INTRODUCTION D-type cyclins (D1, D2, and D3) bind cyclin-dependent kinases 4 and 6 (CDK4/6), and the activity of cyclin D:CDK4/6 complexes promotes entry into the cell cycle (Sherr, 1995; Sherr and Roberts, 2004). Cyclin D:CDK4/6 complexes are believed to promote cell cycle progression through at least two functions: by interacting with cell cycle inhibitors, such as p21Cip1 and p27Kip1, and by the phosphorylation of the retinoblastoma tumor suppressor (Rb). Cyclin D:CDK4/6 are thought to form ternary complexes that bind cyclin-dependent kinase inhibitors (CDKIs) of the p21Cip/p27Kip1 family (Sherr and Roberts, 2004). This facilitates downstream cyclin E:CDK2 complex activity that, along with cyclin D:CDK4/6, inactivates Rb and allows activation of E2F transcription factors and progression through the cell cycle. The functions of D-type cyclins have been studied using germline gene deletion. Each knockout mouse was viable, but displayed distinct tissue-specic defects (Ciemerych et al., 2002; Kozar et al., 2004; Sicinski et al., 1995, 1996; Sicinska et al., 2003, 2006). When these deciencies were combined, complete hematopoietic failure was observed, demonstrating the absolute requirement for D-type cyclins within the hematopoietic system (Kozar et al., 2004). Cyclin D2-decient (Ccnd2/) mice display reduced proliferation of mature splenic B cells and lack CD5+ peritoneal B cells (Solvason et al., 2000). Cyclin D3 knockout (Ccnd3/) animals show defects in early B and T cell differentiation, as well as impaired proliferation of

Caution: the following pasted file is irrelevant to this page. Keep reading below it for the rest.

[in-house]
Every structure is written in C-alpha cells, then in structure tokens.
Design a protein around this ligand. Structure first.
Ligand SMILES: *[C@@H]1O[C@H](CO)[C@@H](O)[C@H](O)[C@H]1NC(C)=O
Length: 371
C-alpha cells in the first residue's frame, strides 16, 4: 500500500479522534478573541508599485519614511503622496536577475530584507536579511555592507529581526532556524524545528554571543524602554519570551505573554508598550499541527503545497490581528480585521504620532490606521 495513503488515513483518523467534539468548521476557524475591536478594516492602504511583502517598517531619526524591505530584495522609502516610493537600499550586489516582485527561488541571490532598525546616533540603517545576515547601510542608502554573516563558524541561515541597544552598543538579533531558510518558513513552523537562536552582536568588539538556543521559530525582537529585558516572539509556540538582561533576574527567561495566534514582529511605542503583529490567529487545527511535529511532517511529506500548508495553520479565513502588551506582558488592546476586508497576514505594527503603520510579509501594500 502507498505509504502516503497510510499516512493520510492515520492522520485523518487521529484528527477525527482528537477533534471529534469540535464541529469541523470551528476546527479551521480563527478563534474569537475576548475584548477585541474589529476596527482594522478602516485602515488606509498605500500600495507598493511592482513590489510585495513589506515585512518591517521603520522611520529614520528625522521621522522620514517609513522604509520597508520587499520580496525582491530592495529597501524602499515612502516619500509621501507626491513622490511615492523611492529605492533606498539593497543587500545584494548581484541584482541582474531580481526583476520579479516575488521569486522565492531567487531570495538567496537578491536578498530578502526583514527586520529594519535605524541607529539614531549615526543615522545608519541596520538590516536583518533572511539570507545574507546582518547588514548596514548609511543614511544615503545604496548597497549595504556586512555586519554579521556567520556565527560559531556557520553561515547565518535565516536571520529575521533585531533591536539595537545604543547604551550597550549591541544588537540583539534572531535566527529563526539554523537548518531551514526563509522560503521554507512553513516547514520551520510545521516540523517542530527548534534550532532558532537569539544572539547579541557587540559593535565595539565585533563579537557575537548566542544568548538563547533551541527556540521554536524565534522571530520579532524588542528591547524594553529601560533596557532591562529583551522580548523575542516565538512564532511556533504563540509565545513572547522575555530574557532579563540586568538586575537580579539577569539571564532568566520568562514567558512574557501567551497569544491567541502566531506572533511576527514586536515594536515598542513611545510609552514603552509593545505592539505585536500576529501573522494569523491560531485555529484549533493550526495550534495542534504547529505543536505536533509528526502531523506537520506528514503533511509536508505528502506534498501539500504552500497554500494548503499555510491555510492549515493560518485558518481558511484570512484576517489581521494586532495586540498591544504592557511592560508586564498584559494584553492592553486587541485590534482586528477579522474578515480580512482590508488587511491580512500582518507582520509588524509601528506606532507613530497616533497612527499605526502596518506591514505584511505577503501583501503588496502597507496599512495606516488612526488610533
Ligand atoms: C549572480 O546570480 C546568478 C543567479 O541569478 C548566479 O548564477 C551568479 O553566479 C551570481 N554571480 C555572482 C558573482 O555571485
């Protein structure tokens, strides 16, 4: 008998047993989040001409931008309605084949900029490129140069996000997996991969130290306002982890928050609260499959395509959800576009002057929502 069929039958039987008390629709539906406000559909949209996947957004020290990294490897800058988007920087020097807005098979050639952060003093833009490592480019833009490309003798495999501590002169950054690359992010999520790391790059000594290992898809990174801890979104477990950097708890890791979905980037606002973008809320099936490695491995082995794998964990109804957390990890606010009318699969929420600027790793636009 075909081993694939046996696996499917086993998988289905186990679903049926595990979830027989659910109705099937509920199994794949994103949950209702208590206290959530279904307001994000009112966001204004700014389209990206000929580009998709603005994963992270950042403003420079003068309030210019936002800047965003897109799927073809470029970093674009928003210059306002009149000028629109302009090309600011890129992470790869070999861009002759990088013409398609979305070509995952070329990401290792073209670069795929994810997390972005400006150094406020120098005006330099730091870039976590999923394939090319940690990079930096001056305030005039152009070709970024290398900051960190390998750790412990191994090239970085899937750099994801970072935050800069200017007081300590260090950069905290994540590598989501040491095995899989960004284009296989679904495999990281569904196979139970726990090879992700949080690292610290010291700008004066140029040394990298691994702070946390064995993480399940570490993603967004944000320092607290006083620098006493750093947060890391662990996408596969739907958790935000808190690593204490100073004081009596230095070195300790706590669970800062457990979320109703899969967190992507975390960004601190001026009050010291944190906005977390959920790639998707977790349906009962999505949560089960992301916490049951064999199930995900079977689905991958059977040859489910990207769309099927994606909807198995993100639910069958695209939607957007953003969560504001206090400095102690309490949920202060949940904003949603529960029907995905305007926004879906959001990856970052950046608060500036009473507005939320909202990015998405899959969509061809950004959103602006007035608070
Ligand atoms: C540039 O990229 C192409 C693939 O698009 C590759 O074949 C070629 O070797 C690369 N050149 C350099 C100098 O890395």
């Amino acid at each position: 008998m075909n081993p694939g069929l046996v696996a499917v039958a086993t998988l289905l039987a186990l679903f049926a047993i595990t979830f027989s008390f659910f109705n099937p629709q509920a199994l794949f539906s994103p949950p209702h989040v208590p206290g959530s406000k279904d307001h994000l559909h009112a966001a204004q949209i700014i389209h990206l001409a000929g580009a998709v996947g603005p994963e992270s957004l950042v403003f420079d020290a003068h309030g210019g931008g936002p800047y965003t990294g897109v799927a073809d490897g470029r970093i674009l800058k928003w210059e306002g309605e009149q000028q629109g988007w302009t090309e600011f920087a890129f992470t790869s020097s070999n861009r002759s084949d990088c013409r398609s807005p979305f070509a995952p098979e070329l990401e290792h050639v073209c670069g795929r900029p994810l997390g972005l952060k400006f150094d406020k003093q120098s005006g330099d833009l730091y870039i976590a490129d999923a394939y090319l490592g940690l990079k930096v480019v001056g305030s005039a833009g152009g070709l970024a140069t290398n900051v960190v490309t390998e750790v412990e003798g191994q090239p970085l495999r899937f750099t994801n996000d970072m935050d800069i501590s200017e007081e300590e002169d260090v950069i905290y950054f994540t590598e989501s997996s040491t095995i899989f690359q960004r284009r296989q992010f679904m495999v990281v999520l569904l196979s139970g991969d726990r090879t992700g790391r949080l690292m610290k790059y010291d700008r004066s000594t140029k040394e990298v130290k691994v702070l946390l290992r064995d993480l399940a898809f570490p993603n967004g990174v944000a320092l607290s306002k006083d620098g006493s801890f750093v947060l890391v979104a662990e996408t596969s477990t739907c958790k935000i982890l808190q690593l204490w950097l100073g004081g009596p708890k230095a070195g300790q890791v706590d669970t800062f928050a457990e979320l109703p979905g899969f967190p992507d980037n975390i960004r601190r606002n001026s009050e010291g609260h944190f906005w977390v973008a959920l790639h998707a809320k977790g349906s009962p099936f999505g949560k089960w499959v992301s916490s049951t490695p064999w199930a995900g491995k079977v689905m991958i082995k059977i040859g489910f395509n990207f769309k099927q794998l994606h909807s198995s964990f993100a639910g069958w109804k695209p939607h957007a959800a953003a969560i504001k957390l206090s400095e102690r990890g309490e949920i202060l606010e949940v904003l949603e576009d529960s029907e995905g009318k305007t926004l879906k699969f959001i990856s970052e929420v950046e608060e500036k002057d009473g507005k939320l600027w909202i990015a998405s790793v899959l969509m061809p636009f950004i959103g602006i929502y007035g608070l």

Signicance While dispensable for proliferation of many tissues, D-type cyclins are absolutely required in the hematopoietic system, specically for early lymphocyte development. Aberrant expression of D-type cyclins is associated with hematopoietic neoplasms; thus deciphering the functions of cyclin D is critical for the development of strategies to prevent an oncogenic cell cycle. We present genetic evidence that combined deletion of p27Kip1 and Rb, which regulate progression through the G1 phase of the cell cycle, rescue the defect in early T cell development from deletion of cyclin D3. Furthermore, we show that inhibition of cyclin D:CDK4/6 activity abrogates proliferation in T-ALL cell lines and primary human cells as well as progression of disease in animal models of T-ALL.